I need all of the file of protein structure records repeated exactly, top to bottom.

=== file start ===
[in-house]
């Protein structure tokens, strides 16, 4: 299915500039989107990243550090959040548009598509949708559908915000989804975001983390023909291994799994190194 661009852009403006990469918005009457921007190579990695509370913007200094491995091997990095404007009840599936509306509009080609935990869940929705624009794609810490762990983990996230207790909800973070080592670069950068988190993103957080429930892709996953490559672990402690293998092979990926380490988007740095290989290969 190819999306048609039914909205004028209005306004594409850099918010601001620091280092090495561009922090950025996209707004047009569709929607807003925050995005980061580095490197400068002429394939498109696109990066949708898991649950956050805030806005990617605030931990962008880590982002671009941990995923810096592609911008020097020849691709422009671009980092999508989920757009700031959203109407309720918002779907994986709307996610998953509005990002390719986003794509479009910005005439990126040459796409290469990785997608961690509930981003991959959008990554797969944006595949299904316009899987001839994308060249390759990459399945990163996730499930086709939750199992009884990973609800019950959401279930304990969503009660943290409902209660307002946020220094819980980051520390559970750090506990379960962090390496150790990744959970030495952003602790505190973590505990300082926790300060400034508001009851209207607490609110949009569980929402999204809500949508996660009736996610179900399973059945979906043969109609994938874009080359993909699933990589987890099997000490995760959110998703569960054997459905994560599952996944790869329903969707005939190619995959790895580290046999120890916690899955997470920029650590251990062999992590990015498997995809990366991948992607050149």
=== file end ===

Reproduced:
[in-house]
């Protein structure tokens, strides 16, 4: 299915500039989107990243550090959040548009598509949708559908915000989804975001983390023909291994799994190194 661009852009403006990469918005009457921007190579990695509370913007200094491995091997990095404007009840599936509306509009080609935990869940929705624009794609810490762990983990996230207790909800973070080592670069950068988190993103957080429930892709996953490559672990402690293998092979990926380490988007740095290989290969 190819999306048609039914909205004028209005306004594409850099918010601001620091280092090495561009922090950025996209707004047009569709929607807003925050995005980061580095490197400068002429394939498109696109990066949708898991649950956050805030806005990617605030931990962008880590982002671009941990995923810096592609911008020097020849691709422009671009980092999508989920757009700031959203109407309720918002779907994986709307996610998953509005990002390719986003794509479009910005005439990126040459796409290469990785997608961690509930981003991959959008990554797969944006595949299904316009899987001839994308060249390759990459399945990163996730499930086709939750199992009884990973609800019950959401279930304990969503009660943290409902209660307002946020220094819980980051520390559970750090506990379960962090390496150790990744959970030495952003602790505190973590505990300082926790300060400034508001009851209207607490609110949009569980929402999204809500949508996660009736996610179900399973059945979906043969109609994938874009080359993909699933990589987890099997000490995760959110998703569960054997459905994560599952996944790869329903969707005939190619995959790895580290046999120890916690899955997470920029650590251990062999992590990015498997995809990366991948992607050149």